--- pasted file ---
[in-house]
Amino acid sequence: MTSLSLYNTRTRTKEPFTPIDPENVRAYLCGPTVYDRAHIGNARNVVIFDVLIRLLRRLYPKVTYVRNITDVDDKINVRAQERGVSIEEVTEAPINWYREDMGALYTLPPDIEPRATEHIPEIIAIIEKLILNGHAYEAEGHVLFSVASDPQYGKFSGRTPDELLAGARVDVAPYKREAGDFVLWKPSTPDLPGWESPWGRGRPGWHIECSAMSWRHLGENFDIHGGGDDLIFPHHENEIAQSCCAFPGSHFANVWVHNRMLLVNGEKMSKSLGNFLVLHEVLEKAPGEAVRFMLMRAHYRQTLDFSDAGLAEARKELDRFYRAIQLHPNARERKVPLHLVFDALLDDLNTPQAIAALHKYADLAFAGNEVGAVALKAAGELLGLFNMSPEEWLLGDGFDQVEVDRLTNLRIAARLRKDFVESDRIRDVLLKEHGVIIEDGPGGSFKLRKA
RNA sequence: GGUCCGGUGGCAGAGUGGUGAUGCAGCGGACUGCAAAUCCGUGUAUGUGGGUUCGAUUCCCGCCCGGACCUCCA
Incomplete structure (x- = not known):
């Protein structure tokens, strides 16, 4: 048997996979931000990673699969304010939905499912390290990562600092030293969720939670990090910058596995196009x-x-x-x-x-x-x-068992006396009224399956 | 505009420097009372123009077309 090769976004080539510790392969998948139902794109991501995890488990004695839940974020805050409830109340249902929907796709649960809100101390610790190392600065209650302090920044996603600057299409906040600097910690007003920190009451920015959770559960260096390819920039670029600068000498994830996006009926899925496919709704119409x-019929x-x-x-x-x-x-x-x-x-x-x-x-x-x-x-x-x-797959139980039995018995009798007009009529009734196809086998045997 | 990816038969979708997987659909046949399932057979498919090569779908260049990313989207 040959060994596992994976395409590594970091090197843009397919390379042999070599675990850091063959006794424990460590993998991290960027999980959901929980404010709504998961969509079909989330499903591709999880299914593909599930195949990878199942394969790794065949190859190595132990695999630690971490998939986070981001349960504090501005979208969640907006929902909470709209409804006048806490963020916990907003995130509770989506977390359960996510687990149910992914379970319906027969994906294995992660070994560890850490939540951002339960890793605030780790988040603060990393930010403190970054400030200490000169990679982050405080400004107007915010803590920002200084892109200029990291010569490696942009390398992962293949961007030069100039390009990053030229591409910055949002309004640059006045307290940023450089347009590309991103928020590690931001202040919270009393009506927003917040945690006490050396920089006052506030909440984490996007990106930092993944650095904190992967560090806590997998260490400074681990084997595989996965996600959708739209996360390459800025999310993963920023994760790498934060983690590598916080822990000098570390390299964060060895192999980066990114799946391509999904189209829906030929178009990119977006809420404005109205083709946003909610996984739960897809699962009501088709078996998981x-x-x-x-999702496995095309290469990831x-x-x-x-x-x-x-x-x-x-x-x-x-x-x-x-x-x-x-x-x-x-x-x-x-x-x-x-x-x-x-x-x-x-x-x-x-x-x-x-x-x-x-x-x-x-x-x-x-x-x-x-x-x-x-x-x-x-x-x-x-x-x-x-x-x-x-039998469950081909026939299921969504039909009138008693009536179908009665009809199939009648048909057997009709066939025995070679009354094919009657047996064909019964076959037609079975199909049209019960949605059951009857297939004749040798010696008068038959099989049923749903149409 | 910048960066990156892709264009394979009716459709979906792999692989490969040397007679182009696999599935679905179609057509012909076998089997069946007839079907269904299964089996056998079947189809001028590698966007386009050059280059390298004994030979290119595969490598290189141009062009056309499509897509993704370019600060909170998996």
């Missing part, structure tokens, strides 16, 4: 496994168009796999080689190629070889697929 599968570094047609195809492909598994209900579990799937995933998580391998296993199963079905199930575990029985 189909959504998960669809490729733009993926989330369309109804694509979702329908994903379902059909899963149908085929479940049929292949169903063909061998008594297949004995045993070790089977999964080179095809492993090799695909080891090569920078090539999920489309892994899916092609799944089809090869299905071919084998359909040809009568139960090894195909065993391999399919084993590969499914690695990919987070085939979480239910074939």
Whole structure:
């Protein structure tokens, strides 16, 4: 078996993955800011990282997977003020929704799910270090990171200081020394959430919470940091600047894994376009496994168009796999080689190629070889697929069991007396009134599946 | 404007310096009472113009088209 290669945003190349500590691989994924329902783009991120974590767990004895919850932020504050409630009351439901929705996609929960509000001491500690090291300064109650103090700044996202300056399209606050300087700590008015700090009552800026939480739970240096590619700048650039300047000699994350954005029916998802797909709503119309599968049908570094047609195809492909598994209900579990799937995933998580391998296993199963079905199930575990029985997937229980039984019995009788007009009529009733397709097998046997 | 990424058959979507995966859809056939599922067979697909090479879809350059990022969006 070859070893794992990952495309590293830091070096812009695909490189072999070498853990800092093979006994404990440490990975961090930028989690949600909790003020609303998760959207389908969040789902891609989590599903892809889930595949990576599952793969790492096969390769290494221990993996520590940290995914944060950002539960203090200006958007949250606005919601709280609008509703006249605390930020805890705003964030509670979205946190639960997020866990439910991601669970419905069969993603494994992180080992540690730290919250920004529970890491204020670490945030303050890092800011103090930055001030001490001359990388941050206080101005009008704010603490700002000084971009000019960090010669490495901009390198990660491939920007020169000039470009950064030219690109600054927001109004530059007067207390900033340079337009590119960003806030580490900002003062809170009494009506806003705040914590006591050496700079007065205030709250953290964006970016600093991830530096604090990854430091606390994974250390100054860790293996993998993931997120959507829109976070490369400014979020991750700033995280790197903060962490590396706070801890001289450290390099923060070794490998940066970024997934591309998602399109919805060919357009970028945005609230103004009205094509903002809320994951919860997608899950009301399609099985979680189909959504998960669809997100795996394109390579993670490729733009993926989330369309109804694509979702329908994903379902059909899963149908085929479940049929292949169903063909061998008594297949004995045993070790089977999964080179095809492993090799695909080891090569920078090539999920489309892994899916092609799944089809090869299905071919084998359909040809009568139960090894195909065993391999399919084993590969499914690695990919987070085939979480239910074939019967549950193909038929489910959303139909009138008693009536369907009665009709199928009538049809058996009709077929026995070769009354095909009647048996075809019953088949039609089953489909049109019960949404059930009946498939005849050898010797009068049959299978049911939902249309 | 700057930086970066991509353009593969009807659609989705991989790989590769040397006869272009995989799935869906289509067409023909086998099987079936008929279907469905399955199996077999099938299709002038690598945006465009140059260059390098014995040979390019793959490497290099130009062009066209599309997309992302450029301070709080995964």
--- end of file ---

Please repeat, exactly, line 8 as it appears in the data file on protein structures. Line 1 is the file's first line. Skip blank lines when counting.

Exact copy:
């Protein structure tokens, strides 16, 4: 078996993955800011990282997977003020929704799910270090990171200081020394959430919470940091600047894994376009496994168009796999080689190629070889697929069991007396009134599946 | 404007310096009472113009088209 290669945003190349500590691989994924329902783009991120974590767990004895919850932020504050409630009351439901929705996609929960509000001491500690090291300064109650103090700044996202300056399209606050300087700590008015700090009552800026939480739970240096590619700048650039300047000699994350954005029916998802797909709503119309599968049908570094047609195809492909598994209900579990799937995933998580391998296993199963079905199930575990029985997937229980039984019995009788007009009529009733397709097998046997 | 990424058959979507995966859809056939599922067979697909090479879809350059990022969006 070859070893794992990952495309590293830091070096812009695909490189072999070498853990800092093979006994404990440490990975961090930028989690949600909790003020609303998760959207389908969040789902891609989590599903892809889930595949990576599952793969790492096969390769290494221990993996520590940290995914944060950002539960203090200006958007949250606005919601709280609008509703006249605390930020805890705003964030509670979205946190639960997020866990439910991601669970419905069969993603494994992180080992540690730290919250920004529970890491204020670490945030303050890092800011103090930055001030001490001359990388941050206080101005009008704010603490700002000084971009000019960090010669490495901009390198990660491939920007020169000039470009950064030219690109600054927001109004530059007067207390900033340079337009590119960003806030580490900002003062809170009494009506806003705040914590006591050496700079007065205030709250953290964006970016600093991830530096604090990854430091606390994974250390100054860790293996993998993931997120959507829109976070490369400014979020991750700033995280790197903060962490590396706070801890001289450290390099923060070794490998940066970024997934591309998602399109919805060919357009970028945005609230103004009205094509903002809320994951919860997608899950009301399609099985979680189909959504998960669809997100795996394109390579993670490729733009993926989330369309109804694509979702329908994903379902059909899963149908085929479940049929292949169903063909061998008594297949004995045993070790089977999964080179095809492993090799695909080891090569920078090539999920489309892994899916092609799944089809090869299905071919084998359909040809009568139960090894195909065993391999399919084993590969499914690695990919987070085939979480239910074939019967549950193909038929489910959303139909009138008693009536369907009665009709199928009538049809058996009709077929026995070769009354095909009647048996075809019953088949039609089953489909049109019960949404059930009946498939005849050898010797009068049959299978049911939902249309 | 700057930086970066991509353009593969009807659609989705991989790989590769040397006869272009995989799935869906289509067409023909086998099987079936008929279907469905399955199996077999099938299709002038690598945006465009140059260059390098014995040979390019793959490497290099130009062009066209599309997309992302450029301070709080995964």